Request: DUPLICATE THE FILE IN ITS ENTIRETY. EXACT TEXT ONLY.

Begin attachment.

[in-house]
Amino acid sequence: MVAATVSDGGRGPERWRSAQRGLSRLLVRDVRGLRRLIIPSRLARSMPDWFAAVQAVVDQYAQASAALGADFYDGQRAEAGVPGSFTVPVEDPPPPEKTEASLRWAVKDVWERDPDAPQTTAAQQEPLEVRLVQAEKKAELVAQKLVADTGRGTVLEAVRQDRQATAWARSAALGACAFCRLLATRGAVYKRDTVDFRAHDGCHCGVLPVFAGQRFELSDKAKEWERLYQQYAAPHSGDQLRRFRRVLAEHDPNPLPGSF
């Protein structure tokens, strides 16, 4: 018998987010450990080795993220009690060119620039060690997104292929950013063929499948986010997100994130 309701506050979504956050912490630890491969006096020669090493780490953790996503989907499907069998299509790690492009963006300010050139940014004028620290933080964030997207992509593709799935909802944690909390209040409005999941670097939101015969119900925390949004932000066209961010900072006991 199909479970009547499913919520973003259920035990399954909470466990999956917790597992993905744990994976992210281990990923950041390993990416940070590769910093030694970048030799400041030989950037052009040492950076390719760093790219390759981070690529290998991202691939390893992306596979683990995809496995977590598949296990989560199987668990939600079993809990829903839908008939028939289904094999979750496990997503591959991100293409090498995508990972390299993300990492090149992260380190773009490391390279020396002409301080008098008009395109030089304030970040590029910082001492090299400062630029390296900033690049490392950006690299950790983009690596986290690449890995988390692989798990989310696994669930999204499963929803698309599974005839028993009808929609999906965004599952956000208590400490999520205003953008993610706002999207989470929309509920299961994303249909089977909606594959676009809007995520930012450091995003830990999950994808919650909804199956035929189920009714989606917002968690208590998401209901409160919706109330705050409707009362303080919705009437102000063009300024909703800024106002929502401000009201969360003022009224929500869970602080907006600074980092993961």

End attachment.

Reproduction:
[in-house]
Amino acid sequence: MVAATVSDGGRGPERWRSAQRGLSRLLVRDVRGLRRLIIPSRLARSMPDWFAAVQAVVDQYAQASAALGADFYDGQRAEAGVPGSFTVPVEDPPPPEKTEASLRWAVKDVWERDPDAPQTTAAQQEPLEVRLVQAEKKAELVAQKLVADTGRGTVLEAVRQDRQATAWARSAALGACAFCRLLATRGAVYKRDTVDFRAHDGCHCGVLPVFAGQRFELSDKAKEWERLYQQYAAPHSGDQLRRFRRVLAEHDPNPLPGSF
């Protein structure tokens, strides 16, 4: 018998987010450990080795993220009690060119620039060690997104292929950013063929499948986010997100994130 309701506050979504956050912490630890491969006096020669090493780490953790996503989907499907069998299509790690492009963006300010050139940014004028620290933080964030997207992509593709799935909802944690909390209040409005999941670097939101015969119900925390949004932000066209961010900072006991 199909479970009547499913919520973003259920035990399954909470466990999956917790597992993905744990994976992210281990990923950041390993990416940070590769910093030694970048030799400041030989950037052009040492950076390719760093790219390759981070690529290998991202691939390893992306596979683990995809496995977590598949296990989560199987668990939600079993809990829903839908008939028939289904094999979750496990997503591959991100293409090498995508990972390299993300990492090149992260380190773009490391390279020396002409301080008098008009395109030089304030970040590029910082001492090299400062630029390296900033690049490392950006690299950790983009690596986290690449890995988390692989798990989310696994669930999204499963929803698309599974005839028993009808929609999906965004599952956000208590400490999520205003953008993610706002999207989470929309509920299961994303249909089977909606594959676009809007995520930012450091995003830990999950994808919650909804199956035929189920009714989606917002968690208590998401209901409160919706109330705050409707009362303080919705009437102000063009300024909703800024106002929502401000009201969360003022009224929500869970602080907006600074980092993961």